When the righteous are in authority, the people rejoice: but when the wicked bears rule, the people mourn.
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EXPOSITORY (ENGLISH BIBLE)Proverbs 29:2. When the righteous are in authority — The Hebrew word here used signifies to increase, either in number, or in dignity and power, but it appears from the opposite clause that the latter is intended in this place. The people rejoice — For the blessed effects of their good government; but when the wicked beareth rule — When an ungodly man governs; the people mourn — For the oppressions and mischiefs which they feel, and for the dreadful judgments of God, which they justly fear.Proverbs 6:15. Stress is laid on the suddenness in such a case of the long-delayed retribution.
in authority—(Compare Margin), increased in power.In authority; which interpretation is confirmed from the opposite clause. The Hebrew word signifies to increase either in number, or in dignity and power.
The people rejoice, for the blessed effects of their good government.
The people mourn, both for the oppressions and mischiefs which they feel, and for the dreadful judgments of God which they justly fear.
the people rejoice; the whole body of the people, because of the public good; a state is happy under such an administration; everyone feels and enjoys the advantage of it; see 1 Kings 4:20;
but when the wicked beareth rule, the people mourn; or "groan" (h), or "will groan", under their tyranny and oppression, and because of the sad state of things; the number of good men is lessened, being cut off, or obliged to flee; wicked men and wickedness are encouraged and promoted; heavy taxes are laid upon them, and exorbitant demands made and cruelty, injustice, and arbitrary power exercised; and no man's person and property safe; see Proverbs 10:11.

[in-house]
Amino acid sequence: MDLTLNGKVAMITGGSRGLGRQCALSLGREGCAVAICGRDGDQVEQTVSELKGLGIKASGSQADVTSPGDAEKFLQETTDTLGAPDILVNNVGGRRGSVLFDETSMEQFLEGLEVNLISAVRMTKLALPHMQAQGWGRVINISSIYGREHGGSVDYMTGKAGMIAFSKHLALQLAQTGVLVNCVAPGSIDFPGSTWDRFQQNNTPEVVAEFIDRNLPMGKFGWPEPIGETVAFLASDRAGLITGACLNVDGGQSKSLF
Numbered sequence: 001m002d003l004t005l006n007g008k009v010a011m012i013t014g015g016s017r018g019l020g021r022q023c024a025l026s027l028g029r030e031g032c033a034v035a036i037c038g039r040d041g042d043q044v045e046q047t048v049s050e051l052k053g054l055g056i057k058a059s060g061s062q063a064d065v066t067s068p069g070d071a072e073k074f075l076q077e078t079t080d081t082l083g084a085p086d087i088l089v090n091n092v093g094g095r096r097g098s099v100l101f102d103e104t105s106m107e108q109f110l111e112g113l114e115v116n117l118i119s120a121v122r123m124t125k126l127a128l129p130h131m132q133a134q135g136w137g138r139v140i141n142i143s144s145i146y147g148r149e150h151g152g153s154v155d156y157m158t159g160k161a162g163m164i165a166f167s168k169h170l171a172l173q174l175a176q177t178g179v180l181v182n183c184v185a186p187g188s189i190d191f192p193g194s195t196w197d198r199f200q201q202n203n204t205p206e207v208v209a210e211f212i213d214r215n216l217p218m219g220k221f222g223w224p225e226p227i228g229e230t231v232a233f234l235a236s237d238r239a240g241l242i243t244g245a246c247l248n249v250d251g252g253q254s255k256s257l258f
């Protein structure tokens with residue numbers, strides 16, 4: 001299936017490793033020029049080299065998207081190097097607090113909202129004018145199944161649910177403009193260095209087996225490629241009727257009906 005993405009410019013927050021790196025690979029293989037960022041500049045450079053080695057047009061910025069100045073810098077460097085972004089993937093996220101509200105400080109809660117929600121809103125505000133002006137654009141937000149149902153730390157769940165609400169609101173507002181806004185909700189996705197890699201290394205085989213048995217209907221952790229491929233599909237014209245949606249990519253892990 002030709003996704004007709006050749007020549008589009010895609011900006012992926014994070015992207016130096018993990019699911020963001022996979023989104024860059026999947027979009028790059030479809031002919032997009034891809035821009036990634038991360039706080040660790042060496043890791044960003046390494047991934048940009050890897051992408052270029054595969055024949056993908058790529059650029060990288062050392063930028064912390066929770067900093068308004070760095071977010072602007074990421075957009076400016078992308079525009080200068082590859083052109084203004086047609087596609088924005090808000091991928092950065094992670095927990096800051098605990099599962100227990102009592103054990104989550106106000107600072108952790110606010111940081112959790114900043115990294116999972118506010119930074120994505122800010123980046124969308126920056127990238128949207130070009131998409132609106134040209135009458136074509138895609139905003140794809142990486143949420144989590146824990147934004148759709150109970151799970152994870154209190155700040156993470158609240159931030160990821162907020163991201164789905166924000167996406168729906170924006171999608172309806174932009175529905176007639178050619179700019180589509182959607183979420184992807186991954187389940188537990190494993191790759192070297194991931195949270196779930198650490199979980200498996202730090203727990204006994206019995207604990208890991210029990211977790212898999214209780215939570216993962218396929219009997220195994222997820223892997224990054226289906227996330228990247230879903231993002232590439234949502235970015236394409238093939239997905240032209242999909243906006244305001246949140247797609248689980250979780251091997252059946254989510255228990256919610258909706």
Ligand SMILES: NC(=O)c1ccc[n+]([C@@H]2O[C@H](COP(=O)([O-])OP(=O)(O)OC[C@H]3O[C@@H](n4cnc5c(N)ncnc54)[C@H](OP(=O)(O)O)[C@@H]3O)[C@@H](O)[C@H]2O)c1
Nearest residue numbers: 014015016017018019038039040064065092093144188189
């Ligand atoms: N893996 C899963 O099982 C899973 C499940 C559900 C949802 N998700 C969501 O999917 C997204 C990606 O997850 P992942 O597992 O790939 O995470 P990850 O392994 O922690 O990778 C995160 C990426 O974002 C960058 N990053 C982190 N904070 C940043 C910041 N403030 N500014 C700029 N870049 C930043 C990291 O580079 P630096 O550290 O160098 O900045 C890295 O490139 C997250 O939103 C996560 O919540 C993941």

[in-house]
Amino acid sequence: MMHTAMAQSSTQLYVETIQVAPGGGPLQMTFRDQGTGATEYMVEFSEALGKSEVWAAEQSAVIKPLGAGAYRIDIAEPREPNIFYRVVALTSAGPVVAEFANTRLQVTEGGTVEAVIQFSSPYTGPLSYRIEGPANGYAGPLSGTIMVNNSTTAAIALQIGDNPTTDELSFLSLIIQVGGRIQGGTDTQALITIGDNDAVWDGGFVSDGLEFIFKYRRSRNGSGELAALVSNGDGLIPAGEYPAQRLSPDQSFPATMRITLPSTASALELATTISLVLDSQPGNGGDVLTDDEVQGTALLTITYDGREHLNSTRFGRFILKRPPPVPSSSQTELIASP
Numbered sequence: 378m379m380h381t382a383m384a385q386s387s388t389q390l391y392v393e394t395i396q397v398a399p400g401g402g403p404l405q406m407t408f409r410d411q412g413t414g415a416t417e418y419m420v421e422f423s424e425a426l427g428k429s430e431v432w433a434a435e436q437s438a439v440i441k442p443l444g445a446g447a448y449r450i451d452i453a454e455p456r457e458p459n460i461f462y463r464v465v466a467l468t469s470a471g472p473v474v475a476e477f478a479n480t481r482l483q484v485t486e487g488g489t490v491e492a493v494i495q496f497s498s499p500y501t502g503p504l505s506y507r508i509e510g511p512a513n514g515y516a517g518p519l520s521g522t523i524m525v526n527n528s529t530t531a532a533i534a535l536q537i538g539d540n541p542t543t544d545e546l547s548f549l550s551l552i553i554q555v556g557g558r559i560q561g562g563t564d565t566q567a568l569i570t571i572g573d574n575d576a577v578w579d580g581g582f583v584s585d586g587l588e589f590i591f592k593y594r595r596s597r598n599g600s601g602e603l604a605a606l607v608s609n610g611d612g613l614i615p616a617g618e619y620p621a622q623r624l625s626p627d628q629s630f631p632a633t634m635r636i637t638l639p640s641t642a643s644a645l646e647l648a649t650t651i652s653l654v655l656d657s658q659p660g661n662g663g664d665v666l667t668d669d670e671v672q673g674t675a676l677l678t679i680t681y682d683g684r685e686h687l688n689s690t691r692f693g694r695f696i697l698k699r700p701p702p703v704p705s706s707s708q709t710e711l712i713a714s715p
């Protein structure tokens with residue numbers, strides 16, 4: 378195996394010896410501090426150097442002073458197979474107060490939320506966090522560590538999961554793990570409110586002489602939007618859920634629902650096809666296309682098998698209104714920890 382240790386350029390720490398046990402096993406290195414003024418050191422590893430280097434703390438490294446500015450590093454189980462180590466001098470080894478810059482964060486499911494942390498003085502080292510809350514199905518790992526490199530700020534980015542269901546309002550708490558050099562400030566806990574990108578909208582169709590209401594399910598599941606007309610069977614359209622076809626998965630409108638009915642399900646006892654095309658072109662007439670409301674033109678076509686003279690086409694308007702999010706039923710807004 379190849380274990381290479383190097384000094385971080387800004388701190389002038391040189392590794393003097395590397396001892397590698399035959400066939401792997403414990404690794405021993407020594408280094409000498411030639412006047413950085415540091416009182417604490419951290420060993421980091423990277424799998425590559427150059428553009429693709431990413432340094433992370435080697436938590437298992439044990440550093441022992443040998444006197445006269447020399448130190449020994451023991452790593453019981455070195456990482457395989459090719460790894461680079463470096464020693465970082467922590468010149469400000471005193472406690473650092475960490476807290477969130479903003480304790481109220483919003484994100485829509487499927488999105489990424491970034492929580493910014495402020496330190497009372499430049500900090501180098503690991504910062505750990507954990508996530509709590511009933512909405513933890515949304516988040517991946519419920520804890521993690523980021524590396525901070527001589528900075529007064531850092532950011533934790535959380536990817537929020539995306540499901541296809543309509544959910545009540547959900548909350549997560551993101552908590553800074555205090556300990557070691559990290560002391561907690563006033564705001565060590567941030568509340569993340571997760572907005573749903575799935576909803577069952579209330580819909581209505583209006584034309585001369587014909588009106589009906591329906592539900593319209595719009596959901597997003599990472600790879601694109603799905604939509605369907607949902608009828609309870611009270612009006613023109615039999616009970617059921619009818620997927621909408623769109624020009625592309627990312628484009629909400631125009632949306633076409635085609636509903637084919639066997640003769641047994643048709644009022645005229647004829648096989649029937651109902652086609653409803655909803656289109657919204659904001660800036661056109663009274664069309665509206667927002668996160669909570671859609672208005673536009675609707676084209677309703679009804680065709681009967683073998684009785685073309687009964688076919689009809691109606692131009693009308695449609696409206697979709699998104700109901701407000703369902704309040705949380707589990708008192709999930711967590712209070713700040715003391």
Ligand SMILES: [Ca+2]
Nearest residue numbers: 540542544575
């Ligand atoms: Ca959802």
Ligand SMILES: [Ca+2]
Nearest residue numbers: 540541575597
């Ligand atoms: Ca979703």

(g) "cum augentur", Junius & Tremellius; "cum multiplicati fuerit, vel multiplicantur", Vatablus, Baynus, Cocceius, Michaelis; "in multiplicari justos", Montanus. (h) "gemet", Pagninus, Montanus, V. L. "gemit", Michaelis; "ingemiscit", Schultens; so the Tugurine version, Mercerus; "suspirat", Junius & Tremellius, Piscator, Cocceius.When the righteous are in authority, the people rejoice: but when the wicked beareth rule, the people mourn.
EXEGETICAL (ORIGINAL LANGUAGES)2. in authority] This rendering is supported by the parallelism, but it is relegated to the margin in R.V. The rendering, increased, R.V. text, A.V. marg., gives the more usual meaning of the Heb. word, See Proverbs 28:28, and Proverbs 29:16 below.
the wicked] Or, a wicked man, R.V. The word is singular, but may be taken with A.V. collectively, ἀρχόντων δὲ ἀσεβῶν, LXX.; cum impii sumserint principatum, Vulg.Verse 2. - When the righteous are in authority; rather, as in Proverbs 28:28, when the righteous are increased; Vulgate, in multiplicatione justorum. When sinners are put away, and the righteous are in the majority. Septuagint, "when the just are commended." When good men give the tone to society and conduct all affairs according to their own high standard, the peoople rejoice; there is general happiness; prosperity abounds, and voices ring cheerfully (Proverbs 11:10; Proverbs 28:12). When the wicked beareth rule, the people mourn; they suffer violence and injustice, and have bitter cause for complaint and lamentation. This proverb is not applicable to the age of Solomon.
It is no wrong, Is a companion of the destroyer.
The second line is related to Proverbs 18:9. Instead of dominus perditionis there found, there is here אישׁ משׁחית, vir perdens (perditor); the word thus denotes a man who destroys, not from revenge, but from lust, and for the sake of the life of men, and that which is valuable for men; thus the spoiler, the incendiary, etc. Instead of אח there, here we have חבר in the same sense. He who robs his parents, i.e., takes to himself what belongs to them, and regards his doing so as no particular sin,
(Note: Accentuate ואמר אין פשׁע without Makkeph, as in Codd. 1294 and old editions.)
because he will at last come to inherit it all (cf. Proverbs 20:21 with Proverbs 19:26), to to be likened to a man who allows himself in all offences against the life and property of his neighbour; for what the deed of such a son wants in external violence, it makes up in its wickedness, because it is a rude violation of the tenderest and holiest demands of duty.
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